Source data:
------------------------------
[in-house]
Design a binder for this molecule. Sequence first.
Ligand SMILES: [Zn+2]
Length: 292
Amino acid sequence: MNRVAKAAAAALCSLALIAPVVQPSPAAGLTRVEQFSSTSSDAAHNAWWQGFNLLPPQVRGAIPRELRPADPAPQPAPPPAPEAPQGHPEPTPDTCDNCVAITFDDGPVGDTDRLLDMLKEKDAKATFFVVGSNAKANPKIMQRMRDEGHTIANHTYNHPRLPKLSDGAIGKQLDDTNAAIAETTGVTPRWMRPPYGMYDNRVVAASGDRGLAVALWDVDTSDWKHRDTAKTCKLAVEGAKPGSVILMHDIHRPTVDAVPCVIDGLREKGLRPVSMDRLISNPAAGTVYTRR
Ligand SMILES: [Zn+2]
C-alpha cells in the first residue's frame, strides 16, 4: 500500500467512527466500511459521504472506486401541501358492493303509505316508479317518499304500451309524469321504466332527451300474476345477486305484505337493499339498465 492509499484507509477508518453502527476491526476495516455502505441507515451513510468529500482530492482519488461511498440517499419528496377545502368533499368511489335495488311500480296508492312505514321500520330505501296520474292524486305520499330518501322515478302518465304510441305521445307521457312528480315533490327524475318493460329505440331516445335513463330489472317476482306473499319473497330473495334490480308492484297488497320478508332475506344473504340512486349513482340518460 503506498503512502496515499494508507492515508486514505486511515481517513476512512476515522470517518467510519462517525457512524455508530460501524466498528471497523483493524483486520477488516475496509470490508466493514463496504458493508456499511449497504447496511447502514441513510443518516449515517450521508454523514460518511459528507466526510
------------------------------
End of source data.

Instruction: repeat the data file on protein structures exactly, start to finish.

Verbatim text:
[in-house]
Design a binder for this molecule. Sequence first.
Ligand SMILES: [Zn+2]
Length: 292
Amino acid sequence: MNRVAKAAAAALCSLALIAPVVQPSPAAGLTRVEQFSSTSSDAAHNAWWQGFNLLPPQVRGAIPRELRPADPAPQPAPPPAPEAPQGHPEPTPDTCDNCVAITFDDGPVGDTDRLLDMLKEKDAKATFFVVGSNAKANPKIMQRMRDEGHTIANHTYNHPRLPKLSDGAIGKQLDDTNAAIAETTGVTPRWMRPPYGMYDNRVVAASGDRGLAVALWDVDTSDWKHRDTAKTCKLAVEGAKPGSVILMHDIHRPTVDAVPCVIDGLREKGLRPVSMDRLISNPAAGTVYTRR
Ligand SMILES: [Zn+2]
C-alpha cells in the first residue's frame, strides 16, 4: 500500500467512527466500511459521504472506486401541501358492493303509505316508479317518499304500451309524469321504466332527451300474476345477486305484505337493499339498465 492509499484507509477508518453502527476491526476495516455502505441507515451513510468529500482530492482519488461511498440517499419528496377545502368533499368511489335495488311500480296508492312505514321500520330505501296520474292524486305520499330518501322515478302518465304510441305521445307521457312528480315533490327524475318493460329505440331516445335513463330489472317476482306473499319473497330473495334490480308492484297488497320478508332475506344473504340512486349513482340518460 503506498503512502496515499494508507492515508486514505486511515481517513476512512476515522470517518467510519462517525457512524455508530460501524466498528471497523483493524483486520477488516475496509470490508466493514463496504458493508456499511449497504447496511447502514441513510443518516449515517450521508454523514460518511459528507466526510